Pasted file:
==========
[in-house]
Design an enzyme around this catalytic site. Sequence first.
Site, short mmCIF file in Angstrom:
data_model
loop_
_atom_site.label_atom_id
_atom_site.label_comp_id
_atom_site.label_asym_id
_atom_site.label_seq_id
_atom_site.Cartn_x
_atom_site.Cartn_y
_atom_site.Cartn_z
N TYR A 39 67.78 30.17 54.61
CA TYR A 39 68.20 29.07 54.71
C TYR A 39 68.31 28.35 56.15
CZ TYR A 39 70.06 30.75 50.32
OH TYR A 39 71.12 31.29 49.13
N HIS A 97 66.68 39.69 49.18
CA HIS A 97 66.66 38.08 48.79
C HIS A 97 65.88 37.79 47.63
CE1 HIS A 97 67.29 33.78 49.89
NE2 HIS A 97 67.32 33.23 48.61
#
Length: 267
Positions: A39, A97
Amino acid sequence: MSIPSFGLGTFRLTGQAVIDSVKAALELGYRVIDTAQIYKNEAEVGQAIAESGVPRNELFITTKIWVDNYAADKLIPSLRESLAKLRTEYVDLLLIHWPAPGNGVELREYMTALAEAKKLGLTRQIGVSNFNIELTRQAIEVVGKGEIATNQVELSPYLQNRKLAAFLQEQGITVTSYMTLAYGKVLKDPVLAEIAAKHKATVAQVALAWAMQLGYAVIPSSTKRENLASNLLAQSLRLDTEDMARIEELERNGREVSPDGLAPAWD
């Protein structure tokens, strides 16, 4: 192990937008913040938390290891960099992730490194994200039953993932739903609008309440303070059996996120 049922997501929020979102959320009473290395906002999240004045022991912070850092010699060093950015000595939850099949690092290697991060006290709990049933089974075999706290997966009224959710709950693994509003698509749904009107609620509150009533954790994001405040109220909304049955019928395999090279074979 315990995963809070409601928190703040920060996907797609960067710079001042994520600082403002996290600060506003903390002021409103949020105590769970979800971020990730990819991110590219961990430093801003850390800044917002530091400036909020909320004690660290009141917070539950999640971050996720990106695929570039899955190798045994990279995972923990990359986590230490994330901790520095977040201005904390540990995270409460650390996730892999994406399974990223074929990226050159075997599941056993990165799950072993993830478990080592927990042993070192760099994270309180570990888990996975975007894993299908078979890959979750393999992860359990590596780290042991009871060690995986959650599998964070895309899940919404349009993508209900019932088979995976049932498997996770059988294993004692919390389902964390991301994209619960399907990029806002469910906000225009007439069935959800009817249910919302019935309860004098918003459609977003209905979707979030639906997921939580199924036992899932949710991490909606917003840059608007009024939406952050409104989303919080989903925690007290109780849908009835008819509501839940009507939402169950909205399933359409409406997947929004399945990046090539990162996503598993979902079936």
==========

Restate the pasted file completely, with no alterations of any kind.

[in-house]
Design an enzyme around this catalytic site. Sequence first.
Site, short mmCIF file in Angstrom:
data_model
loop_
_atom_site.label_atom_id
_atom_site.label_comp_id
_atom_site.label_asym_id
_atom_site.label_seq_id
_atom_site.Cartn_x
_atom_site.Cartn_y
_atom_site.Cartn_z
N TYR A 39 67.78 30.17 54.61
CA TYR A 39 68.20 29.07 54.71
C TYR A 39 68.31 28.35 56.15
CZ TYR A 39 70.06 30.75 50.32
OH TYR A 39 71.12 31.29 49.13
N HIS A 97 66.68 39.69 49.18
CA HIS A 97 66.66 38.08 48.79
C HIS A 97 65.88 37.79 47.63
CE1 HIS A 97 67.29 33.78 49.89
NE2 HIS A 97 67.32 33.23 48.61
#
Length: 267
Positions: A39, A97
Amino acid sequence: MSIPSFGLGTFRLTGQAVIDSVKAALELGYRVIDTAQIYKNEAEVGQAIAESGVPRNELFITTKIWVDNYAADKLIPSLRESLAKLRTEYVDLLLIHWPAPGNGVELREYMTALAEAKKLGLTRQIGVSNFNIELTRQAIEVVGKGEIATNQVELSPYLQNRKLAAFLQEQGITVTSYMTLAYGKVLKDPVLAEIAAKHKATVAQVALAWAMQLGYAVIPSSTKRENLASNLLAQSLRLDTEDMARIEELERNGREVSPDGLAPAWD
């Protein structure tokens, strides 16, 4: 192990937008913040938390290891960099992730490194994200039953993932739903609008309440303070059996996120 049922997501929020979102959320009473290395906002999240004045022991912070850092010699060093950015000595939850099949690092290697991060006290709990049933089974075999706290997966009224959710709950693994509003698509749904009107609620509150009533954790994001405040109220909304049955019928395999090279074979 315990995963809070409601928190703040920060996907797609960067710079001042994520600082403002996290600060506003903390002021409103949020105590769970979800971020990730990819991110590219961990430093801003850390800044917002530091400036909020909320004690660290009141917070539950999640971050996720990106695929570039899955190798045994990279995972923990990359986590230490994330901790520095977040201005904390540990995270409460650390996730892999994406399974990223074929990226050159075997599941056993990165799950072993993830478990080592927990042993070192760099994270309180570990888990996975975007894993299908078979890959979750393999992860359990590596780290042991009871060690995986959650599998964070895309899940919404349009993508209900019932088979995976049932498997996770059988294993004692919390389902964390991301994209619960399907990029806002469910906000225009007439069935959800009817249910919302019935309860004098918003459609977003209905979707979030639906997921939580199924036992899932949710991490909606917003840059608007009024939406952050409104989303919080989903925690007290109780849908009835008819509501839940009507939402169950909205399933359409409406997947929004399945990046090539990162996503598993979902079936």